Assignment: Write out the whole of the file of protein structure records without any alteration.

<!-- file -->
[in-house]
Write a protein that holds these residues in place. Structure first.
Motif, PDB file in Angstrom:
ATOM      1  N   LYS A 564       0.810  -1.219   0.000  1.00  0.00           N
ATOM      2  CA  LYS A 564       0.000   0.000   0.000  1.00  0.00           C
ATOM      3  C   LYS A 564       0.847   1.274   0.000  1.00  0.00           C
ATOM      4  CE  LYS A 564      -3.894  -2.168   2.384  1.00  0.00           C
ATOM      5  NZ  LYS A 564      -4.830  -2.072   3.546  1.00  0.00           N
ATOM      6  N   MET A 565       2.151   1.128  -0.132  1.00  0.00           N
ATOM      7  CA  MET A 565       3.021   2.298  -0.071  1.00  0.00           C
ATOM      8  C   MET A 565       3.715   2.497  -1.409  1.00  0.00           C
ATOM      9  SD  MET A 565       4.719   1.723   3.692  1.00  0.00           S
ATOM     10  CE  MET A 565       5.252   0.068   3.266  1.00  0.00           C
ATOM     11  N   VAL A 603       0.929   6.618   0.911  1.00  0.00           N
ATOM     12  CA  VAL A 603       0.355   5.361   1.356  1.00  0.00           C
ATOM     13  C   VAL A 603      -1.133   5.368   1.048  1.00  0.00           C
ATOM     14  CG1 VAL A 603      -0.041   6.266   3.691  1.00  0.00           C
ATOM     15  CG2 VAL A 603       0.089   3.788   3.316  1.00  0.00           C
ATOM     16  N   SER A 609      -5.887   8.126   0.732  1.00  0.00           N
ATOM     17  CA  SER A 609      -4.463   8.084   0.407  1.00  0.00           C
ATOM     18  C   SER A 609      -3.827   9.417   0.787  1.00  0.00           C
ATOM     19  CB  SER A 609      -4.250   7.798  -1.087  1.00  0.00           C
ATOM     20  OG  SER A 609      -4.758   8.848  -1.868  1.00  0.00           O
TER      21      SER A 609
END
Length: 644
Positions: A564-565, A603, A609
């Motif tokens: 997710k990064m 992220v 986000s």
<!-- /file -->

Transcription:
[in-house]
Write a protein that holds these residues in place. Structure first.
Motif, PDB file in Angstrom:
ATOM      1  N   LYS A 564       0.810  -1.219   0.000  1.00  0.00           N
ATOM      2  CA  LYS A 564       0.000   0.000   0.000  1.00  0.00           C
ATOM      3  C   LYS A 564       0.847   1.274   0.000  1.00  0.00           C
ATOM      4  CE  LYS A 564      -3.894  -2.168   2.384  1.00  0.00           C
ATOM      5  NZ  LYS A 564      -4.830  -2.072   3.546  1.00  0.00           N
ATOM      6  N   MET A 565       2.151   1.128  -0.132  1.00  0.00           N
ATOM      7  CA  MET A 565       3.021   2.298  -0.071  1.00  0.00           C
ATOM      8  C   MET A 565       3.715   2.497  -1.409  1.00  0.00           C
ATOM      9  SD  MET A 565       4.719   1.723   3.692  1.00  0.00           S
ATOM     10  CE  MET A 565       5.252   0.068   3.266  1.00  0.00           C
ATOM     11  N   VAL A 603       0.929   6.618   0.911  1.00  0.00           N
ATOM     12  CA  VAL A 603       0.355   5.361   1.356  1.00  0.00           C
ATOM     13  C   VAL A 603      -1.133   5.368   1.048  1.00  0.00           C
ATOM     14  CG1 VAL A 603      -0.041   6.266   3.691  1.00  0.00           C
ATOM     15  CG2 VAL A 603       0.089   3.788   3.316  1.00  0.00           C
ATOM     16  N   SER A 609      -5.887   8.126   0.732  1.00  0.00           N
ATOM     17  CA  SER A 609      -4.463   8.084   0.407  1.00  0.00           C
ATOM     18  C   SER A 609      -3.827   9.417   0.787  1.00  0.00           C
ATOM     19  CB  SER A 609      -4.250   7.798  -1.087  1.00  0.00           C
ATOM     20  OG  SER A 609      -4.758   8.848  -1.868  1.00  0.00           O
TER      21      SER A 609
END
Length: 644
Positions: A564-565, A603, A609
């Motif tokens: 997710k990064m 992220v 986000s």